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Hiv Prevention in Africa

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HIV prevention in Africa

A continuing rise in the number of HIV infected people is not inevitable. There is growing evidence that prevention efforts can be effective, and this includes initiatives in some of the most heavily affected countries.

One new study in Zambia has shown success in prevention efforts. The study reported that urban men and women are less sexually active, that fewer had multiple partners and that condoms were used more consistently. This is in line with findings that HIV prevalence has declined significantly among 15-29 year-old urban women (down to 24.1% in 1999 from 28.3% in 1996). Although these rates are still unacceptably high, this drop has prompted a hope that, if Zambia continues this response, it could become the second African country to reverse a devastating epidemic.

This suggests that awareness campaigns and prevention programs are now starting to work. But a major challenge is to sustain and build on such uncertain success.

What form should AIDS education take?

Peer education

A social form of education without classrooms or notebooks, where people are educated outside a 'school' environment but still have the opportunity to ask questions.

Most peer education focuses on providing information about HIV transmission, answering questions and handing out condoms to people in a workplace, perhaps in a bar, or where a group of women gather to wash clothes.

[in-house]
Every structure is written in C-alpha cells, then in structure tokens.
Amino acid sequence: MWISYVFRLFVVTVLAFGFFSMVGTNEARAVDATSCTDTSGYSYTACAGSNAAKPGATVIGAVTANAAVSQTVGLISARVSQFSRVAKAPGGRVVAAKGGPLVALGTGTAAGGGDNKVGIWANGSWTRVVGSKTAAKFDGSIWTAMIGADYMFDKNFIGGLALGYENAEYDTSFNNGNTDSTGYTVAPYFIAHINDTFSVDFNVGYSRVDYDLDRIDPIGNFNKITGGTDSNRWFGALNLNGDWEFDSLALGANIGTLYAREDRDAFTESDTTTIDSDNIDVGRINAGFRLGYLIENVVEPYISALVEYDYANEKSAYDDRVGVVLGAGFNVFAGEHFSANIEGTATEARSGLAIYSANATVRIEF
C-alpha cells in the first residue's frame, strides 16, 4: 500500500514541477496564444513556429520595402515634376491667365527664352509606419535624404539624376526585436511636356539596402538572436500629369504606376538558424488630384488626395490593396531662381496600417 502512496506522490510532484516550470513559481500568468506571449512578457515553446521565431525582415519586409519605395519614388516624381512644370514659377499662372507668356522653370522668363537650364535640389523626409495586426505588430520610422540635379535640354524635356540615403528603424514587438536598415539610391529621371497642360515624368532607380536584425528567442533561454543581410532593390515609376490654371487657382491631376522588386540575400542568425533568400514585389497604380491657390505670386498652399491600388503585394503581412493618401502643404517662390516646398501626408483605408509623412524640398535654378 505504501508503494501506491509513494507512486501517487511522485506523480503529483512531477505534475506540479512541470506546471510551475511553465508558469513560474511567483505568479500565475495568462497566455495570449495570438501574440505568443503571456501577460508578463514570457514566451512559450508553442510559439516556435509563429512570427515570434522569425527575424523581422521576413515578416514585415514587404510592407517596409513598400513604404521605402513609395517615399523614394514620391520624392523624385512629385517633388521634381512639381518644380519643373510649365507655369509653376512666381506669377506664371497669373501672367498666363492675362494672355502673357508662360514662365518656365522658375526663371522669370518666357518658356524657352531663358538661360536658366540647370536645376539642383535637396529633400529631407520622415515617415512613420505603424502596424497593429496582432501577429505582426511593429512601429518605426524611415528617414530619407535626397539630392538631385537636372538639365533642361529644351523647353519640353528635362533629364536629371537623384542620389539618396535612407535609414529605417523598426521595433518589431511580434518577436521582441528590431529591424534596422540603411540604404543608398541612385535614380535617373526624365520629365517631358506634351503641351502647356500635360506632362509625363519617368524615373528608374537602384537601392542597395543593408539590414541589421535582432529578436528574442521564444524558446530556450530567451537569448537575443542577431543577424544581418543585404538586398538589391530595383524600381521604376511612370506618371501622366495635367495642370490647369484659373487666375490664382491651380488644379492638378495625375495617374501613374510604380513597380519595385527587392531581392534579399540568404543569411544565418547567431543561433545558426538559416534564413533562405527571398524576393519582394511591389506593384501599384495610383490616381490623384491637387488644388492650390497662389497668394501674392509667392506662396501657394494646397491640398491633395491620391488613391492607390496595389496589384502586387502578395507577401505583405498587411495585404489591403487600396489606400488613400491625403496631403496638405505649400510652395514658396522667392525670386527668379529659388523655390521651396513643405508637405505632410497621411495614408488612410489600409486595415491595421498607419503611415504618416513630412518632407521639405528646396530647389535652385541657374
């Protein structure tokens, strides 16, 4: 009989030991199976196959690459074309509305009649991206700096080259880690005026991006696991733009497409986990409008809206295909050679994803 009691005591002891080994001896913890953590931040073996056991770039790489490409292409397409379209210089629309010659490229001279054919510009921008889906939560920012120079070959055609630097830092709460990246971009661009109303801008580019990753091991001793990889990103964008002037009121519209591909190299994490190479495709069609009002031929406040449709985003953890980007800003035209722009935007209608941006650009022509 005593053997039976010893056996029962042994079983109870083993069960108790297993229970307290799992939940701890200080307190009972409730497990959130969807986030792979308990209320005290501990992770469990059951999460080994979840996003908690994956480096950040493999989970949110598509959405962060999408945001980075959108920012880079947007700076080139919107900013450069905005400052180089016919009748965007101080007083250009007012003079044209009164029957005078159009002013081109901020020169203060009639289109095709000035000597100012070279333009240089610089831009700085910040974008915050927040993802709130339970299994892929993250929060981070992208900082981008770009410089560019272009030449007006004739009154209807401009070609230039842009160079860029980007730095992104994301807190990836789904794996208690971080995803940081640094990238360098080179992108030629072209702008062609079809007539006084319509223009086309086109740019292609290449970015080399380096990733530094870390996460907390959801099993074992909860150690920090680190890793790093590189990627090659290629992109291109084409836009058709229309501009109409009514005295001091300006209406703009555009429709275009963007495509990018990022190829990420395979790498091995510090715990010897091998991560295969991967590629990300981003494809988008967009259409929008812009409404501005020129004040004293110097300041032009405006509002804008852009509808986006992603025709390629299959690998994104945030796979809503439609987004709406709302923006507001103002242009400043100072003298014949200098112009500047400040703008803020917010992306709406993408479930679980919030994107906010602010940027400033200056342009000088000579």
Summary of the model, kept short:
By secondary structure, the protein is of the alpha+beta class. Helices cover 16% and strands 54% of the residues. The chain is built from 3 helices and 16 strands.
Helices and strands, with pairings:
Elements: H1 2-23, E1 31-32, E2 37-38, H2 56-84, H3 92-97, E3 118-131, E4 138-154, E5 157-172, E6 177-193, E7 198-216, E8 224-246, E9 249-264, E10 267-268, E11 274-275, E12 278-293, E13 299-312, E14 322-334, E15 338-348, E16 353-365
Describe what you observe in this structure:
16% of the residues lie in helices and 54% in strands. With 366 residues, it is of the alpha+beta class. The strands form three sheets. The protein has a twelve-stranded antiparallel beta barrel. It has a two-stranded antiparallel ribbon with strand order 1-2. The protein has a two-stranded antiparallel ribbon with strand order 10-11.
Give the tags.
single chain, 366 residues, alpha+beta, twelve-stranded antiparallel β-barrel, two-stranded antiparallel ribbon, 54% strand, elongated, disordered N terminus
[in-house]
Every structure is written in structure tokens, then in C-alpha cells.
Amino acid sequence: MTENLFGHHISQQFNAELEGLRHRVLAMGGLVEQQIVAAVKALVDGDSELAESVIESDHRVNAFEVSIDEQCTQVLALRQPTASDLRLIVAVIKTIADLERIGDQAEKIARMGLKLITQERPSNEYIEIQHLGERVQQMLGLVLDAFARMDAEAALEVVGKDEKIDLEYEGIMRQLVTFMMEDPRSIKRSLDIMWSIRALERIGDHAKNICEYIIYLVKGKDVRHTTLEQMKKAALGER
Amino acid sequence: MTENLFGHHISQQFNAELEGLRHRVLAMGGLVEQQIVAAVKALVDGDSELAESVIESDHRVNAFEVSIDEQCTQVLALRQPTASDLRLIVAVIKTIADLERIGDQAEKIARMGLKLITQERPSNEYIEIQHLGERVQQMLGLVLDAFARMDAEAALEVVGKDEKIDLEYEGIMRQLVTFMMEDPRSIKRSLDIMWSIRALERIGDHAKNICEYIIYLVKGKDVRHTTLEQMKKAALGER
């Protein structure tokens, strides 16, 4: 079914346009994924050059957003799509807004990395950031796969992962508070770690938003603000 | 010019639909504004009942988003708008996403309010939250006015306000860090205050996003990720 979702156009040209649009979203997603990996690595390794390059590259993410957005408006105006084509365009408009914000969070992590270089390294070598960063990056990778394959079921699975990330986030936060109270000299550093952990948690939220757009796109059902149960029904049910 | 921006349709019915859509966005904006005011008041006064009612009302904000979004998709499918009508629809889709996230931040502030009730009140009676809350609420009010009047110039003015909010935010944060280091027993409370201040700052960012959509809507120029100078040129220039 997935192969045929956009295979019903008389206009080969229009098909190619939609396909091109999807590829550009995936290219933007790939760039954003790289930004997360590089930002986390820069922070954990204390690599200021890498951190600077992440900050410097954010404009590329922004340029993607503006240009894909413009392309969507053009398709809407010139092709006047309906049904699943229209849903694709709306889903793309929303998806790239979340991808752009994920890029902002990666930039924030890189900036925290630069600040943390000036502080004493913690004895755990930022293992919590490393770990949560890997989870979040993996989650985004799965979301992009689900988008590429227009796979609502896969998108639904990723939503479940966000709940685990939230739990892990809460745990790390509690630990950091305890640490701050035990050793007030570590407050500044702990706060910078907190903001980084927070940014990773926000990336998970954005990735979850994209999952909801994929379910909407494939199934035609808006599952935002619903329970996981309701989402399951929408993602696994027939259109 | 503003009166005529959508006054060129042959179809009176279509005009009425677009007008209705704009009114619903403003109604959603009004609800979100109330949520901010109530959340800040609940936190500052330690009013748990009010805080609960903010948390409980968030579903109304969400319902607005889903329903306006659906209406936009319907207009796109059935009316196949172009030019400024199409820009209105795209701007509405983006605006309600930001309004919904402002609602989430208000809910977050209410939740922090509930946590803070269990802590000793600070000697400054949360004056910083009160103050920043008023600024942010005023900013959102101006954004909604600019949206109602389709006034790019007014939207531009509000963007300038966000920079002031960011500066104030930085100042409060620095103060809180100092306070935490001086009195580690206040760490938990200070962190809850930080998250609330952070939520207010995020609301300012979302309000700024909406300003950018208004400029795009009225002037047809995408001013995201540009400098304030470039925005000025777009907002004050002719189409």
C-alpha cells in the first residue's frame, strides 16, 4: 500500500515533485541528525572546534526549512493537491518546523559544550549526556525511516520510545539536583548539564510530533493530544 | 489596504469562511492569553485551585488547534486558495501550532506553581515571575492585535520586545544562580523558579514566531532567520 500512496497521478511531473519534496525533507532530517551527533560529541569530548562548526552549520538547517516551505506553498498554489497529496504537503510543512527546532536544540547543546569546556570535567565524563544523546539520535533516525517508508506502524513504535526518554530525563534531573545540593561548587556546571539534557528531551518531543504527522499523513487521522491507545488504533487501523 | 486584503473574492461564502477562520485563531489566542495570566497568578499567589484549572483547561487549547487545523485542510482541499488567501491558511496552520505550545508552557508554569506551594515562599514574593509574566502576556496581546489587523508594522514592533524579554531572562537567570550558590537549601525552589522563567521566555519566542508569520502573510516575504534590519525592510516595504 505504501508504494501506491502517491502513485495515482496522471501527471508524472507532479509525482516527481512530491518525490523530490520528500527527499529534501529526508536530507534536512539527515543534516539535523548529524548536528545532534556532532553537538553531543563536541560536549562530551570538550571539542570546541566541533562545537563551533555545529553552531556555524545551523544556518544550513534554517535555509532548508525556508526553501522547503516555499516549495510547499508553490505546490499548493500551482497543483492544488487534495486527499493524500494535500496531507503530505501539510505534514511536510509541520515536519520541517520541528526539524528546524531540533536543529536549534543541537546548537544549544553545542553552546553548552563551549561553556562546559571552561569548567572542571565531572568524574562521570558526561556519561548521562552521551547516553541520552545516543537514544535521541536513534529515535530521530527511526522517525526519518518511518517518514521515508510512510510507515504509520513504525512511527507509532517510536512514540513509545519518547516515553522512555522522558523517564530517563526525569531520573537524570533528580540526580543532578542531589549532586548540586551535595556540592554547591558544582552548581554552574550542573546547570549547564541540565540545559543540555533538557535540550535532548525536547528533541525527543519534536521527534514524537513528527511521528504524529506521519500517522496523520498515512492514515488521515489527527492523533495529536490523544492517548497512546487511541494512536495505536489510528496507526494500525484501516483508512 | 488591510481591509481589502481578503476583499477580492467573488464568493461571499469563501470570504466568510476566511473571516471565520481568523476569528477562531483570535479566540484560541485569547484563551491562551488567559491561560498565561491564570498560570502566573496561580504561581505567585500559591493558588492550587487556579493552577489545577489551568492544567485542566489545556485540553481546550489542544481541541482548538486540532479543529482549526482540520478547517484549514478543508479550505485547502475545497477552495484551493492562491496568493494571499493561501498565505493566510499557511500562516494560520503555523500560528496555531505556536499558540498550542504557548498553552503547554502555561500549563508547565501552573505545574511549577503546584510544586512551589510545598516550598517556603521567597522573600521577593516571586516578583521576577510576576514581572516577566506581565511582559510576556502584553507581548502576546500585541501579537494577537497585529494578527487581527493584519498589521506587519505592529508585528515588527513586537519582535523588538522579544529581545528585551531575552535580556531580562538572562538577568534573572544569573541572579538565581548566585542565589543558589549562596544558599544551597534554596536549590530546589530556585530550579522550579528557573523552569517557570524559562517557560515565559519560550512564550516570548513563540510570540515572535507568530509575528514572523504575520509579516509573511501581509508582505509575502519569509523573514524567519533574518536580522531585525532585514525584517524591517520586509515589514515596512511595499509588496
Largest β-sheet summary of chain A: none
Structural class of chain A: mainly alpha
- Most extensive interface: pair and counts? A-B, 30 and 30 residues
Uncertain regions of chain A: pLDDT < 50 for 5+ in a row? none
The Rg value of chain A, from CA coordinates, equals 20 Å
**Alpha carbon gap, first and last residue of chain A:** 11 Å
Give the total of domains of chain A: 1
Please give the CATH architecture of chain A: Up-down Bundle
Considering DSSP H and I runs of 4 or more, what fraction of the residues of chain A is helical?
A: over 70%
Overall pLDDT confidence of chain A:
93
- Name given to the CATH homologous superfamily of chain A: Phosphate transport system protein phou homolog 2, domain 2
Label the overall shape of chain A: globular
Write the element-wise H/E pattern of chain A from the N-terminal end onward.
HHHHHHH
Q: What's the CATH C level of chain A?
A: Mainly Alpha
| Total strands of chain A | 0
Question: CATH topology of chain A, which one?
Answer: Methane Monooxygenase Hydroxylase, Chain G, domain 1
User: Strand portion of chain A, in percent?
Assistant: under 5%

Most peer educators make contact with their target audience at least weekly and their sessions will usually be in the context of informal discussions with individual people or within a group.

Active learning

Active learning can sometimes link into peer education, especially when AIDS education is aimed at young people, as one of the best methods of learning something oneself is to teach it to others.

Blanket education

A general message aimed at the population as a whole. Blanket education usually aims to inform the population about which behaviors are risky and to give them support in changing these behaviors.

Targeted education

This type of strategy is usually used to speak to social groups who are perceived as being at a high risk of HIV infection. It focuses on risky activities particular to the specific target group.


January of 2000 kicked off the campaign to literally help keep Africa Alive! in the new millennium.

The Mission of the Africa Alive! campaign is to give youth the skills they need to fight against HIV/AIDS. The vision is a new generation of Africans who are HIV/AIDS-free.

The operation principles of Africa Alive! are to create an African network where youth HIV/AIDS prevention programs at all levels can share ideas, have a universal, focused strategy and seek funding for their programs.

With support from the Johns Hopkins University Center for Communication Programs (JHU/CCP), the Africa Alive! network will help organizations that have formerly been working on their own.

The strategy for Africa Alive! encourages young people not only to learn and talk about HIV/AIDS, but also to make the choice to adopt safer sexual behaviors.

With staff in 26 countries, JHU/CCP has developed and managed over



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